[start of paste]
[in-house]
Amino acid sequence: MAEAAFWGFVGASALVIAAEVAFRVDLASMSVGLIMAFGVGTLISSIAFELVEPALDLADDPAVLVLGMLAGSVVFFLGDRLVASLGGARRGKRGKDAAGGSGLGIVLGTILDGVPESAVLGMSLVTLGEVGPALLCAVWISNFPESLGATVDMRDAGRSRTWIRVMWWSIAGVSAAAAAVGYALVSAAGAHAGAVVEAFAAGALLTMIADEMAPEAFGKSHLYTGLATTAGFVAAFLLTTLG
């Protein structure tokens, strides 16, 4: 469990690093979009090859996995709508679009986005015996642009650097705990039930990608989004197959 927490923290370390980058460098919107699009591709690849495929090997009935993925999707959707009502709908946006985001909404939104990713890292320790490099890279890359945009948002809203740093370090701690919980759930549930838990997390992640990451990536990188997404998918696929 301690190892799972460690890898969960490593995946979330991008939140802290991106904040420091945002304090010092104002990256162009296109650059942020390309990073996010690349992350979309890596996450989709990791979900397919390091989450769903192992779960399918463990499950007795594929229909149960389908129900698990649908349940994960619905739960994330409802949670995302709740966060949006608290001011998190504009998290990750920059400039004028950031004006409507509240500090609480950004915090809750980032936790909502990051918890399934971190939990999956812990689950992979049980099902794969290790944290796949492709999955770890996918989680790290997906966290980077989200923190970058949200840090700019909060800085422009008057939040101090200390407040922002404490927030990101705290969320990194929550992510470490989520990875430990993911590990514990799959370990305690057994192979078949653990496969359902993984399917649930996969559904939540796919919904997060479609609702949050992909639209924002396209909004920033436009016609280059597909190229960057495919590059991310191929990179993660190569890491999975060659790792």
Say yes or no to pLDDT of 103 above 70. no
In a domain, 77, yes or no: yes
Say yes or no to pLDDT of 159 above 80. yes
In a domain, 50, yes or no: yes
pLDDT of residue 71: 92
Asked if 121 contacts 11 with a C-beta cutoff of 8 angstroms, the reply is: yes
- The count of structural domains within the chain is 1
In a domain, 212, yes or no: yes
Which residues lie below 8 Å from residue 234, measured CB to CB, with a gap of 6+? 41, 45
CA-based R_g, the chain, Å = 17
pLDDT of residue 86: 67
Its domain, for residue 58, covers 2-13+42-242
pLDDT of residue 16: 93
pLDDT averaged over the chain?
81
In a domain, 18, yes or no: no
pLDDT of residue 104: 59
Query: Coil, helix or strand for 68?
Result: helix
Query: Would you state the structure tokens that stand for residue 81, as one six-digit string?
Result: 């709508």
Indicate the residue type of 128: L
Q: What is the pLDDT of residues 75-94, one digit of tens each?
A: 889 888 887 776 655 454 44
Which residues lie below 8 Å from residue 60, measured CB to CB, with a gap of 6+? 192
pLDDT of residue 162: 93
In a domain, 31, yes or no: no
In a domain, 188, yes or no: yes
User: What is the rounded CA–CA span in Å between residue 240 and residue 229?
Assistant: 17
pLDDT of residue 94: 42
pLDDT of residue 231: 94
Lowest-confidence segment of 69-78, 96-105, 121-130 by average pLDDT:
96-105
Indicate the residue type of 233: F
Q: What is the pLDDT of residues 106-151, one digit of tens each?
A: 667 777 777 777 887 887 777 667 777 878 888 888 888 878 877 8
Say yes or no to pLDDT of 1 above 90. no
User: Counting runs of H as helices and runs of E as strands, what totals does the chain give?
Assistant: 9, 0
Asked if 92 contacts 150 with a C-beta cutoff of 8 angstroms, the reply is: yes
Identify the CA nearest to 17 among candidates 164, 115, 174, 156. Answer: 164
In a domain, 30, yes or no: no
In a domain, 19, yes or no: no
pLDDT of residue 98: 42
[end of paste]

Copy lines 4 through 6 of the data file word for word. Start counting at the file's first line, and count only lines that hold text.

Say yes or no to pLDDT of 103 above 70. no
In a domain, 77, yes or no: yes
Say yes or no to pLDDT of 159 above 80. yes